Interoperability under threat from vendor disagreement
HTML5 expert and Opera web evangelist Bruce Lawson has warned the development of HTML5 apps could be held back due to vendor squabbling and a tendency towards silos.
Lawson asked if HTML5 app manifests are "emulating failure" with numerous packaging formats forcing devs to choose a platform. He likened this to the browser wars and battle for online rich media formats.
Speaking to .net, Lawson agreed that the current situation was veering too close to replacing app-store silos with vendor-specific web-app silos. This could also threaten any big shift on mobile towards the web and away from native apps.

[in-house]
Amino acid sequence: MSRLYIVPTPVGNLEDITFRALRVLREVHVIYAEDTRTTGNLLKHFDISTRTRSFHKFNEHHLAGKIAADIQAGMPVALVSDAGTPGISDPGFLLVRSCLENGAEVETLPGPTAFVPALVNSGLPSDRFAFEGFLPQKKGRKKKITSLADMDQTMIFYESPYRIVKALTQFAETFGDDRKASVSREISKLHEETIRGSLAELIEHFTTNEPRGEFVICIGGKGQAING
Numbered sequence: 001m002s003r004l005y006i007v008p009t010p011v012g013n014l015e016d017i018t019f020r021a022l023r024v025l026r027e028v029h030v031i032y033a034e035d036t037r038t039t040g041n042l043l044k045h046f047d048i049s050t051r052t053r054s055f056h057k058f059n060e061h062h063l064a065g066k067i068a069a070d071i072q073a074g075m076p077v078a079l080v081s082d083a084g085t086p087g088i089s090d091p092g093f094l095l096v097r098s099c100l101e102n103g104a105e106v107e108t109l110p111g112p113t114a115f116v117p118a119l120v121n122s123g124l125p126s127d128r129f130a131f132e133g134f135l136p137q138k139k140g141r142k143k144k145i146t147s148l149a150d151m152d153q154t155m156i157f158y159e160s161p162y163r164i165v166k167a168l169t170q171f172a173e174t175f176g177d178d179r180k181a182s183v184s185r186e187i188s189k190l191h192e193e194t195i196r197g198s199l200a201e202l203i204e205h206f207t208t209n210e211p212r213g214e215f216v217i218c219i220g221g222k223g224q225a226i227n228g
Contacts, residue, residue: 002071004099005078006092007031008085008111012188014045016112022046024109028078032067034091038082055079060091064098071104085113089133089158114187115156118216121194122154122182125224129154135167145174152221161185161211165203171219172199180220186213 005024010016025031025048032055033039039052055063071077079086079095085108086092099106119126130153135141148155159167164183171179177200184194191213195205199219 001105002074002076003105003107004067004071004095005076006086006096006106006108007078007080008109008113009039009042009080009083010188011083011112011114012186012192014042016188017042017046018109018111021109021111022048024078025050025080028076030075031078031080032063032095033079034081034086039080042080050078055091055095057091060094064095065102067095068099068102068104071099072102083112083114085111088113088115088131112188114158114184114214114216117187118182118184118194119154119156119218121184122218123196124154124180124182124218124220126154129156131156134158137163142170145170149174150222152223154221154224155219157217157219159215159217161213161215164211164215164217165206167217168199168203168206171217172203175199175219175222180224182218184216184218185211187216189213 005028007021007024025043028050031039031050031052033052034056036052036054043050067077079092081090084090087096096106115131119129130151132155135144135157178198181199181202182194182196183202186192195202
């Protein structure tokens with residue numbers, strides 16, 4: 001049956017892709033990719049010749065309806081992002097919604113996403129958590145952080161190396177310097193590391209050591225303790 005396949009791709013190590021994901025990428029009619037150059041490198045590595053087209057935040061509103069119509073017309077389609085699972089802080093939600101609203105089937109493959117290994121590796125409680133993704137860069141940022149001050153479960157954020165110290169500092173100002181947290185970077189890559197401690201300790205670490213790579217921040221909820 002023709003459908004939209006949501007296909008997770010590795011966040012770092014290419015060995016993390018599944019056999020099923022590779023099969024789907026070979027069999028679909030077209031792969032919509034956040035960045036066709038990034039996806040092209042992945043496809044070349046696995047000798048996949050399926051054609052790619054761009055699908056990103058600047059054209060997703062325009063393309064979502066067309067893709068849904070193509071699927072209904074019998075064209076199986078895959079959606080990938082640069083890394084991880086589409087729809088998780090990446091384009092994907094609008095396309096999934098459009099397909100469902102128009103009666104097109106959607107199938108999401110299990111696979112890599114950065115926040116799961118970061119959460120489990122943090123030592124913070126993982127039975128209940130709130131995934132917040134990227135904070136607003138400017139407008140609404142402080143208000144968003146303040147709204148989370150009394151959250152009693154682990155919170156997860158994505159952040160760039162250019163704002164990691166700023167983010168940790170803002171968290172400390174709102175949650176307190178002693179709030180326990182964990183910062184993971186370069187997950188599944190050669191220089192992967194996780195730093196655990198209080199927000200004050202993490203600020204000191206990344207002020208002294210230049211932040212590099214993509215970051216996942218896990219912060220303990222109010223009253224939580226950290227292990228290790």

“The biggest danger to the web was — and is — the lack of interoperability between browsers,” he confirmed. On existing problems, he hoped they would be resolved: “Interoperability has been largely addressed for websites by HTML5, to the great credit of the competing browser vendors who've worked together to make this happen. Let's hope the System Applications Working Group can achieve this for applications, too.”.
However, reporting on the Edge conference, Lawson wondered if such a thing would be achievable in the near future. He noted that although everyone agreed vendor-proprietary manifest formats for packaged formats would detrimentally affect uptake and the web as a whole, “no-one expressed any willingness to standardise” this.
Lawson added that the same was true for device APIs, an example being Microsoft’s Pointer Events API, which Chrome and Opera are fond of, Mozilla has been silent on, and Apple appears hostile towards.